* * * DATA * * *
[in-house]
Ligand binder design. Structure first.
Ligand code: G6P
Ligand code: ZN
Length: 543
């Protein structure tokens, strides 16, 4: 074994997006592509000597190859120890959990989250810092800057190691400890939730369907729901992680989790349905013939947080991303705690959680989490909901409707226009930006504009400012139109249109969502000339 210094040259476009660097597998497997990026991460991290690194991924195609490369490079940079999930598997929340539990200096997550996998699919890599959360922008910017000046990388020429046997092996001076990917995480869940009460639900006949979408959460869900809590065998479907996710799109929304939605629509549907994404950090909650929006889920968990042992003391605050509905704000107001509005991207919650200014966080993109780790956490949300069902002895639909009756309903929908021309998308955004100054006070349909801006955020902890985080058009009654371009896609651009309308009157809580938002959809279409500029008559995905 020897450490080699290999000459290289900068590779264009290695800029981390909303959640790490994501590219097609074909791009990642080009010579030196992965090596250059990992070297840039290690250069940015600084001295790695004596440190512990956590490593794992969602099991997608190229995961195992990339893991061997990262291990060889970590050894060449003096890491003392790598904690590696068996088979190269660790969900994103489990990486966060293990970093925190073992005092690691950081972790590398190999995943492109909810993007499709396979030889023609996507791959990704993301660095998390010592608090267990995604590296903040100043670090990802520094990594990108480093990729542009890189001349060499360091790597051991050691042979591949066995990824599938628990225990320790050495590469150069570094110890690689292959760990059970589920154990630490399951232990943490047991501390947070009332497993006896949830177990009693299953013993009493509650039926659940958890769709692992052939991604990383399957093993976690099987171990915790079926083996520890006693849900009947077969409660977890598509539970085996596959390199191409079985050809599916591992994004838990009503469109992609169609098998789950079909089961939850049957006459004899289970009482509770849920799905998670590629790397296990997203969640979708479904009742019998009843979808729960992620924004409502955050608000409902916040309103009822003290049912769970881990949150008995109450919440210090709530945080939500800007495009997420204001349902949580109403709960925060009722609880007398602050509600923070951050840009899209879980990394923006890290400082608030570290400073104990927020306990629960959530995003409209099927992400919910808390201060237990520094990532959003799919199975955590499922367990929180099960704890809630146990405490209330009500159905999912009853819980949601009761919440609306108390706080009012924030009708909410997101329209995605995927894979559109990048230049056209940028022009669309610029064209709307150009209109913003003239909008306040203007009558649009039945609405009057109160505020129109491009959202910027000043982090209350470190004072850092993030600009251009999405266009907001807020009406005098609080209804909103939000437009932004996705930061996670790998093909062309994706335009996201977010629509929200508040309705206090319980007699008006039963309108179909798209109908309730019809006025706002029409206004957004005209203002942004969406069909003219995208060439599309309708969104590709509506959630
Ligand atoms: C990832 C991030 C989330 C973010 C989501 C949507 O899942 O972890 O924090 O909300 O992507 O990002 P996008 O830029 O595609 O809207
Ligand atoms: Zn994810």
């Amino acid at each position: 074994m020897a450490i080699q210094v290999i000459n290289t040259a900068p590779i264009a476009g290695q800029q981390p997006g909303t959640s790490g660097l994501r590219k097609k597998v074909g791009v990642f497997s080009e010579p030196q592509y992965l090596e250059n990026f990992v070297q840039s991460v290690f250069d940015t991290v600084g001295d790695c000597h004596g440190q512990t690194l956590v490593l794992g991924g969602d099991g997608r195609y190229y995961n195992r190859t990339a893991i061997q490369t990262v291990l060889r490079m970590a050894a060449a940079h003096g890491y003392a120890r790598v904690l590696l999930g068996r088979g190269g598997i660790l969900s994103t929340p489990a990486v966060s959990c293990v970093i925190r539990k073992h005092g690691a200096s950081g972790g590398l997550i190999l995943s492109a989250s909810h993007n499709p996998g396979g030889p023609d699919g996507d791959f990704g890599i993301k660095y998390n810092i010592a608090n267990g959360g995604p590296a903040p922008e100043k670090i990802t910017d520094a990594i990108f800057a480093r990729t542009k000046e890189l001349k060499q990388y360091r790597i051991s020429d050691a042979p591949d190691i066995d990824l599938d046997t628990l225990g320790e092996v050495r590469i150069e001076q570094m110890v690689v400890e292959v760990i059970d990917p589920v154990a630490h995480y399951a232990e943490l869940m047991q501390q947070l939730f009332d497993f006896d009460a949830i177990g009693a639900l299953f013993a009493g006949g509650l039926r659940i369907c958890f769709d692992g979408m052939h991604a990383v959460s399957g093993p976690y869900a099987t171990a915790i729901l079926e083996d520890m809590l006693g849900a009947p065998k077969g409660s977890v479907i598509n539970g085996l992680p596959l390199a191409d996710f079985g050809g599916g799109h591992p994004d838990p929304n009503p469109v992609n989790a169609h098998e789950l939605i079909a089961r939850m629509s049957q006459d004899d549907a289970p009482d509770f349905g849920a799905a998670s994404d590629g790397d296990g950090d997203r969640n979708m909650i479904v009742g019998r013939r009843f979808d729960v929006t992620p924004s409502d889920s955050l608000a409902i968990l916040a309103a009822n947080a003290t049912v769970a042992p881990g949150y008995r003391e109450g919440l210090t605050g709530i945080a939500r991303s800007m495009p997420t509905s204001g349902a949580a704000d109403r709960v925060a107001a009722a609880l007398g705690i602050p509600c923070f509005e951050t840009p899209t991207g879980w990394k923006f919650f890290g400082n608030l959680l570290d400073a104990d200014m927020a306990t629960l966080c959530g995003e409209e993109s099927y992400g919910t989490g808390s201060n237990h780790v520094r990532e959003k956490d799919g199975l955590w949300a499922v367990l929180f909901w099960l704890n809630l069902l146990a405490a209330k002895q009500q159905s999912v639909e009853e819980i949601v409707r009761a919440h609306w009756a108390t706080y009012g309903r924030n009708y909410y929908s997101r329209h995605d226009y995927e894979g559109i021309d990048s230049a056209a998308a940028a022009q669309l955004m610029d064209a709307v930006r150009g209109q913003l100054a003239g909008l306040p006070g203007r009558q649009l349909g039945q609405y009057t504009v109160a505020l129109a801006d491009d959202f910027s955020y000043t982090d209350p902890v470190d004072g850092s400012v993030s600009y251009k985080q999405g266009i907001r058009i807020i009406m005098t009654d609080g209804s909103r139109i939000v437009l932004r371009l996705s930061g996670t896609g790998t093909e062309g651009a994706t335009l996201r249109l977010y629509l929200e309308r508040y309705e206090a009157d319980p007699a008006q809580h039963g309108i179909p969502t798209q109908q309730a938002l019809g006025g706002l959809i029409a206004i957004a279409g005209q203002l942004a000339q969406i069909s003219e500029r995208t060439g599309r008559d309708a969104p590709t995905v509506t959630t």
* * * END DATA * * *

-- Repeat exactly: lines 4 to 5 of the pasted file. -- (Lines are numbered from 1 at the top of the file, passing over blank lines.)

Ligand code: ZN
Length: 543